2013-03-04 12:18:09 PM  

Ishkur: Doesn't mean they'll stop either. The stupidity of your statement is in the implicit assertion that the past has absolutely no relevance to future events.

That's complete horseshiat. Where the fark do you come up with this crap!?


No, it doesn't mean they'll stop.  The fact that they stopped means they'll stop.

Me - China has stopped increasing their Treasury holdings.  This graph shows that for the past few years, their holdings have remained stable.

Him - If you draw a line of best fit starting from 2000, I would expect China to continue to increase their holdings at the same rate.

But yeah, side with him if it helps you sleep at night.
 
2013-03-04 12:22:46 PM  

MattStafford: Flab: MattStafford: They are no longer collecting more money than they pay out. They have nothing to invest. They've already bought Treasuries with their old surpluses, they aren't buying anymore, which is the point.

Liar.

Assets: Of our FY 2012 total assets identified in the Table of Key Measures above, $2,750.4 billion relates to earmarked funds for the OASI and DI programs, and approximately 98.3 percent are investments. Investments increased $64.5 billion over the previous year.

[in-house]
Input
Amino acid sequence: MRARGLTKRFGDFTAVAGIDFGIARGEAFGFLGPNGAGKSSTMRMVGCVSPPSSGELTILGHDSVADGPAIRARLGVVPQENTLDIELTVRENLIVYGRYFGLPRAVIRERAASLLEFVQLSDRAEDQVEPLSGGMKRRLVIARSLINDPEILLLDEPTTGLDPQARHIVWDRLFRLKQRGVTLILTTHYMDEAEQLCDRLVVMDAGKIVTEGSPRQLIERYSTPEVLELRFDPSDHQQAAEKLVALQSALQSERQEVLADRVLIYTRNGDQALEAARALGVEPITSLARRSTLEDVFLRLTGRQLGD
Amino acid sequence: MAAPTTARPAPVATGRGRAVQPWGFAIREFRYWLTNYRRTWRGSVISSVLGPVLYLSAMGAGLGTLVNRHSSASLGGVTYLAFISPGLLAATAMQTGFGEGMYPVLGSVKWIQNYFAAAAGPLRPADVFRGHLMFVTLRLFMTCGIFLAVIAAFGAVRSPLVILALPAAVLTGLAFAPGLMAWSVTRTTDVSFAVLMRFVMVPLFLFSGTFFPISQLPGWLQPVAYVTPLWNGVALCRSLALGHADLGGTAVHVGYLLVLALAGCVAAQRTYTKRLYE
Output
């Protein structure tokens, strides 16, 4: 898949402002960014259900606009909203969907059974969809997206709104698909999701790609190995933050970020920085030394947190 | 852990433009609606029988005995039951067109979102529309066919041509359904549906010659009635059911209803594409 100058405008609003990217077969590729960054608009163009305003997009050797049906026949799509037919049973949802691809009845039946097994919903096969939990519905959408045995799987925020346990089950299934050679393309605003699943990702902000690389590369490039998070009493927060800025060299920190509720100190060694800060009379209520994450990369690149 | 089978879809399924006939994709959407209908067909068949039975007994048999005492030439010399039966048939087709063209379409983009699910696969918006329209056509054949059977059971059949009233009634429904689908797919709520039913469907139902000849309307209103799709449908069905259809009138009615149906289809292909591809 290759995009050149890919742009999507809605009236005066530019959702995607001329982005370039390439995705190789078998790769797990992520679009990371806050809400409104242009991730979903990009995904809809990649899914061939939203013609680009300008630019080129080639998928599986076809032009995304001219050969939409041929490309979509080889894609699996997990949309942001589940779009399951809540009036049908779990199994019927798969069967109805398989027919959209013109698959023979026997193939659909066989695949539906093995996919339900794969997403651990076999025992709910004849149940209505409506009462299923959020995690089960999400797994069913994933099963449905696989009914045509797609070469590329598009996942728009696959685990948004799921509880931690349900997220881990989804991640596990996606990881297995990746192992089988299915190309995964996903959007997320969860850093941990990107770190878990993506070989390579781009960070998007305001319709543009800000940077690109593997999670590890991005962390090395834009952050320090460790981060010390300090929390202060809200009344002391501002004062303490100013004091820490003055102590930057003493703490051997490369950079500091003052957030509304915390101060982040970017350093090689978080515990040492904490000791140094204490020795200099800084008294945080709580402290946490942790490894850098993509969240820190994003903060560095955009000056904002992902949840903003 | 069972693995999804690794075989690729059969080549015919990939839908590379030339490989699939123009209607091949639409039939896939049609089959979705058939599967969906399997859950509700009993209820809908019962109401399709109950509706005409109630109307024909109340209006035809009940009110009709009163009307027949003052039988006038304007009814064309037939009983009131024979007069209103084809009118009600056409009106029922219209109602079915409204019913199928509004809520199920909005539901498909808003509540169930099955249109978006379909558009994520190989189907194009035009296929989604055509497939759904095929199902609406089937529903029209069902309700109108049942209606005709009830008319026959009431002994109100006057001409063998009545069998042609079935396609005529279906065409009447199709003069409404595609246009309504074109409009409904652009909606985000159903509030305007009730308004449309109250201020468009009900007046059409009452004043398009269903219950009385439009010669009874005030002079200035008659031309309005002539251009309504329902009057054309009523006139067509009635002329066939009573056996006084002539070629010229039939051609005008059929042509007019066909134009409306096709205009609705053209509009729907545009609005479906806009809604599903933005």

Liabilities: Liabilities grew in FY 2012 by $4.9 billion, primarily because of the growth in benefits due and payable, which is attributable to the 3.6 percent Cost of Living Adjustment provided to beneficiaries as of January 1, 2012. The majority of our liabilities (85.3 percent) consist of benefits that have accrued as of the end of the fiscal year but have not been paid.
Net Position: Our net position grew $59.3 billion in FY 2012 to $2,665.0 billion, which is attributable to financing sources in excess of our net cost. At this time, tax revenues, interest earned, and transfers related to Payroll Tax Holiday legislation continue to exceed benefit payments made to OASI and DI beneficiaries, keeping our programs solvent. (PDF)

http://www.ssa.gov/oact/trsum/index.html

From the report:  "Social Security's expenditures exceeded non-interest income in 2010 and 2011, the first such occurrences since 1983, and the Trustees estimate that these expenditures will remain greater than non-interest income throughout the 75-year projection period."


Oh, FFS...  Social Security doesn't pay current beneficiaries with money from the FICA account.  They use FICA income to invest in T bills as they have since their inception.  When these T bills pay off, they use that money to pay beneficiaries.  The fact that they're running a deficit to non-interest income means they may have slightly less to invest, but it's not as if Social Security is going to cease purchasing T bills so that they can pay current beneficiaries.
 
2013-03-04 12:26:44 PM  

MattStafford: Me - China has stopped increasing their Treasury holdings. This graph shows that for the past few years, their holdings have remained stable.
Him - If you draw a line of best fit starting from 2000, I would expect China to continue to increase their holdings at the same rate.